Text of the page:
02/27/2004 12:00AM

Five races, five horses, five live plays


PHOENIX - I'm not thrilled with how my wagering has worked so far this year. It has been feast or famine. January was dreadful. February, on the other hand, put a hop back into my step. Now comes March, and I have no idea if this zigzag pattern is going to continue or if I've steadied the ship. Either way, there are already some dates and names I've jotted down for potential plays for March.

Kilroe Mile: Santa Anita, March 6. This mile turf race routinely brings out the best in the West. This year, however, the shelf is a little bare with many of the big names out for various reasons. That said, I'm anticipating a play on Designed for Luck.

Trained by Vladimir Cerin, Designed for Luck, 7, has been a warrior for some time now, and, despite his name, one of the unluckiest horses around. He showed last year he still had top-class stuff, finishing third in the Kilroe before winning the Live the Dream and the Grade 2 Oak Tree BC Mile. His Breeders' Cup Mile didn't work out so well, then after a layoff returned in the Thunder Road at Santa Anita at a mile on the turf, but had the worst possible post (No. 12) and was wide all the way. He finished a non-factor seventh. But the circumstances were all against him. That may not be the case in this Kilroe, and it's conceivable his odds will be generous after that failure.

Santa Anita Handicap: Santa Anita, March 6. I wrote in this space last week about my interest in Saint Buddy here. I know, on form he's lengths behind Pleasantly Perfect, probably behind Olmodavor and a few others in the race, too. But in the Feb. 7 Strub he got brutalized. He was making a big move on the inside at the quarter pole and basically faced a closed door for the length of the stretch. With even the slightest bit of clear sailing, he might well have won. He doesn't have to beat Pleasantly Perfect to make me happy. At 10-1 or so if he can finish second to the big guy, it's an exacta worth cashing. And who knows? He's eligible to improve as the Big Cap will be only his eighth career start, and it's not as though Pleasantly Perfect hasn't disappointed us before.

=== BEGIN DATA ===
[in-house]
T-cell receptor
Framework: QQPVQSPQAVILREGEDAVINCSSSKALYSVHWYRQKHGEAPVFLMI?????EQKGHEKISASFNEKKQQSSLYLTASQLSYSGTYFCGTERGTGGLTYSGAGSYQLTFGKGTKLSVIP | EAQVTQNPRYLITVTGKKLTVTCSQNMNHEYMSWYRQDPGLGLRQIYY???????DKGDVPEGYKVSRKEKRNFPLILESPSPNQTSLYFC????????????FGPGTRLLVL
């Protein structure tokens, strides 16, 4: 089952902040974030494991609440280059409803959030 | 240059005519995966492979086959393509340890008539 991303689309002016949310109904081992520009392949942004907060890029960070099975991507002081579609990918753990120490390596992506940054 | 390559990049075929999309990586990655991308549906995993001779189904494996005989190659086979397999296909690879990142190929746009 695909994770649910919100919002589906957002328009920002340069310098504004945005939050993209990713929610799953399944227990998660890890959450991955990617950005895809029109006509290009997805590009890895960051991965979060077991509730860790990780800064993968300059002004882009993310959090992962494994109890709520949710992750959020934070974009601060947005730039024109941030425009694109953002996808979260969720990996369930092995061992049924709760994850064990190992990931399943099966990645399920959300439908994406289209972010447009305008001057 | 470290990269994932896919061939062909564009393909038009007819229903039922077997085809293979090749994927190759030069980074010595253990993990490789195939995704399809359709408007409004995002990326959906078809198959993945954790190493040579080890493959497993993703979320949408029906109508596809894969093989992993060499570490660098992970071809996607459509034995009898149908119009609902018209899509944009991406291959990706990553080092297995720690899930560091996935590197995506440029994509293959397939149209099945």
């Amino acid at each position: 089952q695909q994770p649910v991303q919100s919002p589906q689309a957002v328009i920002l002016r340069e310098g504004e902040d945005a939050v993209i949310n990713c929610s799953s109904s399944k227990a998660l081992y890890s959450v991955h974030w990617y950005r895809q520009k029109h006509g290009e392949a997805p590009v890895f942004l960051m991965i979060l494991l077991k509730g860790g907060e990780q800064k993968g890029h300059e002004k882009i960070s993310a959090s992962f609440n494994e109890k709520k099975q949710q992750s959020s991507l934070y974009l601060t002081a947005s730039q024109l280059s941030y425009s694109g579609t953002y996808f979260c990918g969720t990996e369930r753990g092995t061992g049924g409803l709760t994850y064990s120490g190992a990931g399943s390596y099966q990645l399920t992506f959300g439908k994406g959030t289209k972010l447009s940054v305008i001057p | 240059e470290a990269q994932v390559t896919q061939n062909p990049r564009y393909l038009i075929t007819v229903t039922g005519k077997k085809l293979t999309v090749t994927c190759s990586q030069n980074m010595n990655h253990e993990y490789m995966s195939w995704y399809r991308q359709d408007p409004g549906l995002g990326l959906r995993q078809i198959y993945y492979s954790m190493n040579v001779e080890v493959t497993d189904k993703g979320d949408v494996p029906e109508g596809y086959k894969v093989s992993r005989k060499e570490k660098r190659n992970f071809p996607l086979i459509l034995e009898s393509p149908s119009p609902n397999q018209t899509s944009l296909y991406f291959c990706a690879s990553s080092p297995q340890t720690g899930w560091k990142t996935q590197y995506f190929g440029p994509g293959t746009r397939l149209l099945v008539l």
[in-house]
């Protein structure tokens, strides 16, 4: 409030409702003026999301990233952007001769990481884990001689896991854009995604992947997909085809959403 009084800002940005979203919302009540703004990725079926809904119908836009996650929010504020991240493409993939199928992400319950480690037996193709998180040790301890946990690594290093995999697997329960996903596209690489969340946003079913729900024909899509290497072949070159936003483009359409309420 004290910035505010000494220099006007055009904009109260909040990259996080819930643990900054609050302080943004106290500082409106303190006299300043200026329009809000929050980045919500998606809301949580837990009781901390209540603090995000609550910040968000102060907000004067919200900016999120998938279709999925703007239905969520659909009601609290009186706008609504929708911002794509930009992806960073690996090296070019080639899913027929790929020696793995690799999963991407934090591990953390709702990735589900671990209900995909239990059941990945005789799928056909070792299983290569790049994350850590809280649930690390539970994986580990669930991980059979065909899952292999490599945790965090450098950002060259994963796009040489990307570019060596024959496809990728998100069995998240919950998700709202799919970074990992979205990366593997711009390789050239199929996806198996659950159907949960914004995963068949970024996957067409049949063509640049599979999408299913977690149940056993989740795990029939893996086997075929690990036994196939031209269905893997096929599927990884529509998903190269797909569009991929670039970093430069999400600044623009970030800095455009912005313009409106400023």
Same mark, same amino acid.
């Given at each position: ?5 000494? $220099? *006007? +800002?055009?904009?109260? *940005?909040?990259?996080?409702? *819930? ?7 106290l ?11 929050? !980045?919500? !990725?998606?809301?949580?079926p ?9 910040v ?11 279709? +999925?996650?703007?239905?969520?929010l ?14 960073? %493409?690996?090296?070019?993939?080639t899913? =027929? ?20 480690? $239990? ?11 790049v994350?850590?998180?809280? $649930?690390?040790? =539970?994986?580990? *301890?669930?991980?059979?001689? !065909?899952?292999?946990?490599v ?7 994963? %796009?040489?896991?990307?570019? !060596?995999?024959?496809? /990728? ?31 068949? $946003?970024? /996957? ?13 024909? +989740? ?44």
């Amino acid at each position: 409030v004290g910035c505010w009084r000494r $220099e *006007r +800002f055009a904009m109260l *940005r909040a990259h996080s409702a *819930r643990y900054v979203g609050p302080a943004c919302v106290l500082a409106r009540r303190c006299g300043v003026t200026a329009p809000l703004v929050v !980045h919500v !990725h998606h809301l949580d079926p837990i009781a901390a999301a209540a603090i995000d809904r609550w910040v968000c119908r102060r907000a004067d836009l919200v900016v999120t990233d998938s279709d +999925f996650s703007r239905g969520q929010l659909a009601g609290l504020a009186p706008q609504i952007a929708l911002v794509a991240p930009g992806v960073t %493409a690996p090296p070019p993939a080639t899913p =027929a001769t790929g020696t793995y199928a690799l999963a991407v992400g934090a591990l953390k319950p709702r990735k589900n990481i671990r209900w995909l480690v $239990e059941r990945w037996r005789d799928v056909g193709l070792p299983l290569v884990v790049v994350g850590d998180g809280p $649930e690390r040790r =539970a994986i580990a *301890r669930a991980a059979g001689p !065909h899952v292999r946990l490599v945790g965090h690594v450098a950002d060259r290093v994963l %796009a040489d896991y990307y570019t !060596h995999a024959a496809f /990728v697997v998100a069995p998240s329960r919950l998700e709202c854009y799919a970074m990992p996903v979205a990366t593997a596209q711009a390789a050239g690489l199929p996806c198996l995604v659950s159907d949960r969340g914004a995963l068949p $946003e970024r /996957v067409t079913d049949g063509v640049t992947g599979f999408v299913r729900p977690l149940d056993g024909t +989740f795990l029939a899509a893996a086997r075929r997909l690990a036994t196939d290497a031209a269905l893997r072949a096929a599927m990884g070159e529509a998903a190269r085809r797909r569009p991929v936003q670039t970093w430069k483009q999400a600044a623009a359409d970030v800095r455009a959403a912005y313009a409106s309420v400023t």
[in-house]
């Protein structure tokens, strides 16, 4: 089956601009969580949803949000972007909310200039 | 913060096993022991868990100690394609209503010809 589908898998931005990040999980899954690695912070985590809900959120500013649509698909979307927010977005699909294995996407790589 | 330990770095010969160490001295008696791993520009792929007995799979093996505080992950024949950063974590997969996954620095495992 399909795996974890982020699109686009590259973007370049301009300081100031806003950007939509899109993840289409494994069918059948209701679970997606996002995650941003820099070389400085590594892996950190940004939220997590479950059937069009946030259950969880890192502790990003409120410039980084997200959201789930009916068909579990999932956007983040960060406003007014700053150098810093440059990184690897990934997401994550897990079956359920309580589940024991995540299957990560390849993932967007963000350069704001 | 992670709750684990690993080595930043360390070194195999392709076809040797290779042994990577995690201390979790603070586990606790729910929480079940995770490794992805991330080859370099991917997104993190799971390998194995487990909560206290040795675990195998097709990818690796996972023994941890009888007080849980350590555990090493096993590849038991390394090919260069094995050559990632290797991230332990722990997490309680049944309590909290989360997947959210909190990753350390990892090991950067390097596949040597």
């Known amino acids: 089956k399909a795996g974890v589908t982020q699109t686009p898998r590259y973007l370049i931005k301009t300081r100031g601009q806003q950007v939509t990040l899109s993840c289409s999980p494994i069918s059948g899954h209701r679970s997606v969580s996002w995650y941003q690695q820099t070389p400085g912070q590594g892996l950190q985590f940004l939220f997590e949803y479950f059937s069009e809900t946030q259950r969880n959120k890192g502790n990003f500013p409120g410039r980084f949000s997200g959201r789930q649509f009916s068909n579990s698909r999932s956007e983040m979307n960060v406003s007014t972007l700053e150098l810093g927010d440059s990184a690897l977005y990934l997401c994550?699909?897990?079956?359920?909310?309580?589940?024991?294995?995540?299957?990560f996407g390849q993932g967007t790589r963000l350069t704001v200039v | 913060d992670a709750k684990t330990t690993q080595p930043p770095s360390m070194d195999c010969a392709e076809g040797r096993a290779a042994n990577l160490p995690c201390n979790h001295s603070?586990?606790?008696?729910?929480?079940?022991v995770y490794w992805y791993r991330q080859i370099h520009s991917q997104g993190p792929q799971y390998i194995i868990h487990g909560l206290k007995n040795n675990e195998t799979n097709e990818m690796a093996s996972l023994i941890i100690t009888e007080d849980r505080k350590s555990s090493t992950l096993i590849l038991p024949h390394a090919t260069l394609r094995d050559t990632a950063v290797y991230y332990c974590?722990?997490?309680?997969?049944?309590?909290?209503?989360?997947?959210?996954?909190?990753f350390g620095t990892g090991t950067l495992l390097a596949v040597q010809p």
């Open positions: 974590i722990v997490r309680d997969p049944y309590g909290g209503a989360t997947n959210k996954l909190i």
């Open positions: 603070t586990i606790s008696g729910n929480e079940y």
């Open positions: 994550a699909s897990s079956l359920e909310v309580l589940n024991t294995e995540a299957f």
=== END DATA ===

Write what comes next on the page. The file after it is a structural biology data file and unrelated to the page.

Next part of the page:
Skip Away: Gulfstream Park, March 13. I expected to see Quest trained with the Donn Handicap in mind, but trainer Nick Zito has decided to bide his time. It might pay dividends in the end. Quest really came of age at the end of last year, running second to Mineshaft in the Grade 1 Jockey Club Gold Cup, then winning the Grade 2 Clark Handicap when original winner Evening Attire was disqualified (I thought it was the right call). He has been working in solid, steady fashion. Could it be he's another horse who finds himself with maturity, a la Mineshaft?

Golden Gate Handicap: Golden Gate Fields, March 14. Anyone who saw King of Happiness power home at Santa Anita on Feb. 14 had to be impressed. This European import flew home to win a mile N2X allowance race in startling fashion. Best of all, he sped the final quarter in under 23 seconds. It was only his second start in the U.S. and being by Spinning World, the 1997 BC Mile winner and European champ, he has a right to have talent. He already had shown it overseas, winning twice and chasing such Grade 1 horses as Rock of Gibraltar, Landseer, Hawk Wing, Ipi Tombe, Paolini, and Trade Fair. It's likely too soon for him to come back in the Kilroe Mile, and this race represents the next middle-distance turf stakes on the calendar in California. And if King of Happiness were to ship somewhere else, look out.

Potrero Grande: Santa Anita, March 28. Bluesthestandard may be the leader among sprinters in the West, but we're not talking Kona Gold or Very Subtle or Phone Trick. And Bluesthestandard may have a new challenger if Unfurl the Flag's seven-furlong effort at Santa Anita on Feb. 21 is the real deal. All Unfurl the Flag did was equal the track record set by the immortal Spectacular Bid. Unfurl the Flag's time of 1:20.11 is equated to Spectacular Bid's 1:20 since races were not timed in hundredths of seconds back then. Unfurl the Flag always had talent, and he might now be showing it, thanks in part to being gelded.

"Mike [Smith] has worked him many times and he keeps telling me, 'This horse has as much talent as any sprinter he's ever ridden,' " trainer David Bernstein said. "It's just that his head works against him. Gelding him obviously was something we had to do. He was getting to where he was going to hurt himself. He certainly has become more consistent. He would run one good race and one bad race, and in the bad races he acted like he'd get mad and not want to do anything and just be an idiot.

"Since we've gelded him, he's got two wins, a second, and one out of the money when he ran down the hill [on turf]. He just didn't care for that."

It is a big step up facing Bluesthestandard, but Bernstein knows how to handle a good horse. (He did a great job with champion The Wicked North.) And there will be those who won't believe the Flag's last race and the Beyer of 110, which means decent odds for those of us who did believe.